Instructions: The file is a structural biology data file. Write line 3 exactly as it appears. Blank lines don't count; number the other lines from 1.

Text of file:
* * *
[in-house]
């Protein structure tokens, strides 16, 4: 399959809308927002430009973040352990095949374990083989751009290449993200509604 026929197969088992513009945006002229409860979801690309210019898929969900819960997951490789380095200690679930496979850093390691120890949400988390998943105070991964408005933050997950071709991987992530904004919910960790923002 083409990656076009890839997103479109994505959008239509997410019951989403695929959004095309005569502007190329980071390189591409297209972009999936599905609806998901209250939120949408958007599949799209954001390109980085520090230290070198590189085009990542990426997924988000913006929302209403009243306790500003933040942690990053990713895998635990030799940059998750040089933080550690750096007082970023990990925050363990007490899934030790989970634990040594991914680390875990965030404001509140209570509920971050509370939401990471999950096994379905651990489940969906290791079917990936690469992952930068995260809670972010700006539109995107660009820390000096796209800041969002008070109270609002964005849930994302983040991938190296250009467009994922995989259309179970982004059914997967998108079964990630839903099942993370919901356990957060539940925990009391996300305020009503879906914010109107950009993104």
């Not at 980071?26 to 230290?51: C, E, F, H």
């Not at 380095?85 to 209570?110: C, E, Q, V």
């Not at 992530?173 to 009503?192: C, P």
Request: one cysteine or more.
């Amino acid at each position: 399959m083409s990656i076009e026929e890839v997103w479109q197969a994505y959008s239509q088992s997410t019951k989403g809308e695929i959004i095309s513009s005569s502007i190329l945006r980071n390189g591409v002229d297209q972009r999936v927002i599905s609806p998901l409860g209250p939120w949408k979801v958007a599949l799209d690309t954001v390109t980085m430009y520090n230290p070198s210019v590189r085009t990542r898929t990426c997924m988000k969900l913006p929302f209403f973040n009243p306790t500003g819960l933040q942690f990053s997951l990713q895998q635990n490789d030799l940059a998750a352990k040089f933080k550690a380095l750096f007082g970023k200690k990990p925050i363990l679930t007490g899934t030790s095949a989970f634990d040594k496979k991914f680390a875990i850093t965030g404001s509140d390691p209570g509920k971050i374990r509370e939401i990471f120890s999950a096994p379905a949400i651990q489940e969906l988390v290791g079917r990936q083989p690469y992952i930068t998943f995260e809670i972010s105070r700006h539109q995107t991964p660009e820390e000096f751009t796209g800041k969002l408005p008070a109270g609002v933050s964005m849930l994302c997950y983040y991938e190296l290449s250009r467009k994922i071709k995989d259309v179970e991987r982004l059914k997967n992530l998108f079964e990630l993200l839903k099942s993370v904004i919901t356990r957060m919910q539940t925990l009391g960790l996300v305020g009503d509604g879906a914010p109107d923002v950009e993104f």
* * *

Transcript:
């Not at 980071?26 to 230290?51: C, E, F, H």